advantage of using just what you need.
No endorsement of mentioned products or firms is Canned
intended nor is criticism implied of those not mentioned. • Consider store brands; they are usually lower priced and often packed by
All prices in this publication were collected in central the same manufacturers as name brands.
Iowa, Fall 2008. Although prices vary depending on
• Choose the product most appropriate for intended use. For example, buy the
date and location, the comparative differences generally
follow a similar pattern. least expensive chopped tomato for a soup or stew.
• Drain and rinse canned vegetables to reduce the sodium.
PM 2066dx December 2008
Spend Smart ... convenience costs money Answers: Can you find the smart buy?
1. The 2-pound bag of large carrots is
• Salads $.84 per pound.
Pre-packaged lettuce and spinach are usually more expensive than buying
bunch greens to wash at home. They also tend to spoil quickly after opening. 2. A 5-pound bag has about 15 cups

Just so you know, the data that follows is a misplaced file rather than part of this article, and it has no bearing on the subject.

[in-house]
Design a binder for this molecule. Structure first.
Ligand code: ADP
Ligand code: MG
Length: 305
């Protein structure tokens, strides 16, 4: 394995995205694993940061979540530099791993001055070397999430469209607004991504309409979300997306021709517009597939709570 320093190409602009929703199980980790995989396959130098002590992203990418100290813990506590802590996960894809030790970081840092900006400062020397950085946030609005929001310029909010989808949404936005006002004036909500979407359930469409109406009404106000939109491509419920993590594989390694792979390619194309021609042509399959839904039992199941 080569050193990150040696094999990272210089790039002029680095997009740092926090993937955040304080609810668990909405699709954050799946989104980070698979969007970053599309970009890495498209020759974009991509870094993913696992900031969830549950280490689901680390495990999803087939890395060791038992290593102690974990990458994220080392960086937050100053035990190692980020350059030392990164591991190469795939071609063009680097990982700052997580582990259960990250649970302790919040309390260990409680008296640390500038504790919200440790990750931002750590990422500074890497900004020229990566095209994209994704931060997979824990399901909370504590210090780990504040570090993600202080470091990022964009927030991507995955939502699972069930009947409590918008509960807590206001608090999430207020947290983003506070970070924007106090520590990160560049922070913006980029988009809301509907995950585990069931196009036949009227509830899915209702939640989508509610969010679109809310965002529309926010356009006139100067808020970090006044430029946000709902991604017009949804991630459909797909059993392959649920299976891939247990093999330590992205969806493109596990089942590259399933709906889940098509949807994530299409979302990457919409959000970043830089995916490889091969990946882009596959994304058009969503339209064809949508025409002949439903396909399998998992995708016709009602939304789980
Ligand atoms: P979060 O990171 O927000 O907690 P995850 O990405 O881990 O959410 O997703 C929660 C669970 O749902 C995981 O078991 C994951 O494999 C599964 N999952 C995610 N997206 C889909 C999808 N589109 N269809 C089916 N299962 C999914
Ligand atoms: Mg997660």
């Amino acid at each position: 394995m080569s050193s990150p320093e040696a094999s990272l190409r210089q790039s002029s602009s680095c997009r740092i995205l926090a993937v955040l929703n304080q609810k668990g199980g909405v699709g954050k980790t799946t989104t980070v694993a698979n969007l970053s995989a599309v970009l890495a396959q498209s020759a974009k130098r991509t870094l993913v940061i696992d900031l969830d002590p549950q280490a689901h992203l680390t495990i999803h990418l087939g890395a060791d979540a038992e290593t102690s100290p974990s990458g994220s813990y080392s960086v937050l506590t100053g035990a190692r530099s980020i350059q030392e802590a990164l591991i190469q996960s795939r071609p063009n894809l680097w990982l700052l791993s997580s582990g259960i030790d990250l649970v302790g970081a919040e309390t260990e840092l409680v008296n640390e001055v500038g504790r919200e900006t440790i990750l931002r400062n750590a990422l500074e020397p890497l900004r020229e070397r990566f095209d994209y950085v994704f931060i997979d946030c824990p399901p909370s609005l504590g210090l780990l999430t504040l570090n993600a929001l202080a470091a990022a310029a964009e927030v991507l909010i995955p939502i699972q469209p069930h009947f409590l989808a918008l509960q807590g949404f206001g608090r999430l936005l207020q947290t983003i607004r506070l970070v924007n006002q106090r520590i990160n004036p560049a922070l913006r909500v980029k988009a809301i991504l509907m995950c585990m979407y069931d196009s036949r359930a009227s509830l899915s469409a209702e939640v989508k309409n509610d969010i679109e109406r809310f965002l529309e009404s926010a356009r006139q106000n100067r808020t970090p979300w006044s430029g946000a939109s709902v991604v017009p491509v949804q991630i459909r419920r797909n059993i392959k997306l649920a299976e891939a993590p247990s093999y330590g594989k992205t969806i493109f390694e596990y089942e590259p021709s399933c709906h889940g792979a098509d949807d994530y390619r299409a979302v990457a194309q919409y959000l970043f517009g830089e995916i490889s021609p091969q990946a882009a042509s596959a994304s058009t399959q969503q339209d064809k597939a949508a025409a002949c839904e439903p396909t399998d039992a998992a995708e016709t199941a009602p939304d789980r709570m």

Try other green salads, such as chopped cabbage, broccoli slaw, peas, or green ($.13 per cup).
beans mixed with low-fat dressing. 3. Coleslaw mix is $.08 per ounce
• Carrots 4. Homemade costs half as much—plus
Pre-packaged baby carrots usually cost at least twice as much as regular carrots. you can use the low-sodium soup.
Trade time for dollars by peeling, washing, and cutting your own. Refrigerate
in airtight containers or bags; sprinkle with water if they start to look dry. Check out these resources for more
ideas and information
• Potatoes ISU Extension SpendSmart EatSmart
A 5-pound bag has 12 to 15 potatoes—enough for 3 meals for a family of 4.
If desired, add shredded or sliced cheese before serving. A similarly priced
package of convenience potatoes typically has only 4 servings.
Guide to purchasing vegetables
Spend Smart ... protect your investment Publications/PM2034.pdf
• Store vegetables and fruits in separate crispers in the refrigerator to protect Tip sheets on 66 fruits and vegetables
them from bruising and to help control moisture. www.extension.iastate.edu/food/
• Practice smart vegetable storage
Store in refrigerator in plastic bag Store in cool, dry place www.extension.iastate.edu/
About 1 week: Onions, potatoes, pumpkin, answerline (or call 1-800-262-3804)